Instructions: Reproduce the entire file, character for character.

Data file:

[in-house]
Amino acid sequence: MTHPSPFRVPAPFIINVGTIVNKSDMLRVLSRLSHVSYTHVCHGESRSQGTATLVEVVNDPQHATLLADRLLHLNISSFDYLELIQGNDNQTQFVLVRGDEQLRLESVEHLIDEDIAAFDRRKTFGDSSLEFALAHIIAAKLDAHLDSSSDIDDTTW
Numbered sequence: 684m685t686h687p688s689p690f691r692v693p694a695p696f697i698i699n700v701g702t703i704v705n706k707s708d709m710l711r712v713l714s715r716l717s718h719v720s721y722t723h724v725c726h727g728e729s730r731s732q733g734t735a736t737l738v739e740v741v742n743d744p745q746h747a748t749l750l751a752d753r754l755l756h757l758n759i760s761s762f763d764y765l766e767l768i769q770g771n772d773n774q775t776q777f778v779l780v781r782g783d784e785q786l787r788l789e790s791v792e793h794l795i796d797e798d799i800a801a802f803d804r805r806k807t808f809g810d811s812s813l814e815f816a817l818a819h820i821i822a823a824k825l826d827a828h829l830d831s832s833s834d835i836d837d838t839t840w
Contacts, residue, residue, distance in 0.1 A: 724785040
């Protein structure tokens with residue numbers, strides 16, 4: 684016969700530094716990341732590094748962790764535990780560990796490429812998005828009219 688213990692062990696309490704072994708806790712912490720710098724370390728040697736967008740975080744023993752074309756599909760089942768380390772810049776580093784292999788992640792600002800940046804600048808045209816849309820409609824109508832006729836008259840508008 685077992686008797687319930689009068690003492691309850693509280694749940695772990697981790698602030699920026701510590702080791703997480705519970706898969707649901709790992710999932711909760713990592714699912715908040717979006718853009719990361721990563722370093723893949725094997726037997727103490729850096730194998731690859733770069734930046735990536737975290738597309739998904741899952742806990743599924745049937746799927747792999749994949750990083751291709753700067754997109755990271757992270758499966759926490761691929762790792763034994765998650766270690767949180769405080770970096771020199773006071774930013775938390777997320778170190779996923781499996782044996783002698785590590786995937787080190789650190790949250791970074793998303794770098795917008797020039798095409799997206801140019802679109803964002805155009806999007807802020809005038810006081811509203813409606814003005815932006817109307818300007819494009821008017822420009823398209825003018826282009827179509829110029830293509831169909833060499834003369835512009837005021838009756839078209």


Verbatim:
[in-house]
Amino acid sequence: MTHPSPFRVPAPFIINVGTIVNKSDMLRVLSRLSHVSYTHVCHGESRSQGTATLVEVVNDPQHATLLADRLLHLNISSFDYLELIQGNDNQTQFVLVRGDEQLRLESVEHLIDEDIAAFDRRKTFGDSSLEFALAHIIAAKLDAHLDSSSDIDDTTW
Numbered sequence: 684m685t686h687p688s689p690f691r692v693p694a695p696f697i698i699n700v701g702t703i704v705n706k707s708d709m710l711r712v713l714s715r716l717s718h719v720s721y722t723h724v725c726h727g728e729s730r731s732q733g734t735a736t737l738v739e740v741v742n743d744p745q746h747a748t749l750l751a752d753r754l755l756h757l758n759i760s761s762f763d764y765l766e767l768i769q770g771n772d773n774q775t776q777f778v779l780v781r782g783d784e785q786l787r788l789e790s791v792e793h794l795i796d797e798d799i800a801a802f803d804r805r806k807t808f809g810d811s812s813l814e815f816a817l818a819h820i821i822a823a824k825l826d827a828h829l830d831s832s833s834d835i836d837d838t839t840w
Contacts, residue, residue, distance in 0.1 A: 724785040
């Protein structure tokens with residue numbers, strides 16, 4: 684016969700530094716990341732590094748962790764535990780560990796490429812998005828009219 688213990692062990696309490704072994708806790712912490720710098724370390728040697736967008740975080744023993752074309756599909760089942768380390772810049776580093784292999788992640792600002800940046804600048808045209816849309820409609824109508832006729836008259840508008 685077992686008797687319930689009068690003492691309850693509280694749940695772990697981790698602030699920026701510590702080791703997480705519970706898969707649901709790992710999932711909760713990592714699912715908040717979006718853009719990361721990563722370093723893949725094997726037997727103490729850096730194998731690859733770069734930046735990536737975290738597309739998904741899952742806990743599924745049937746799927747792999749994949750990083751291709753700067754997109755990271757992270758499966759926490761691929762790792763034994765998650766270690767949180769405080770970096771020199773006071774930013775938390777997320778170190779996923781499996782044996783002698785590590786995937787080190789650190790949250791970074793998303794770098795917008797020039798095409799997206801140019802679109803964002805155009806999007807802020809005038810006081811509203813409606814003005815932006817109307818300007819494009821008017822420009823398209825003018826282009827179509829110029830293509831169909833060499834003369835512009837005021838009756839078209």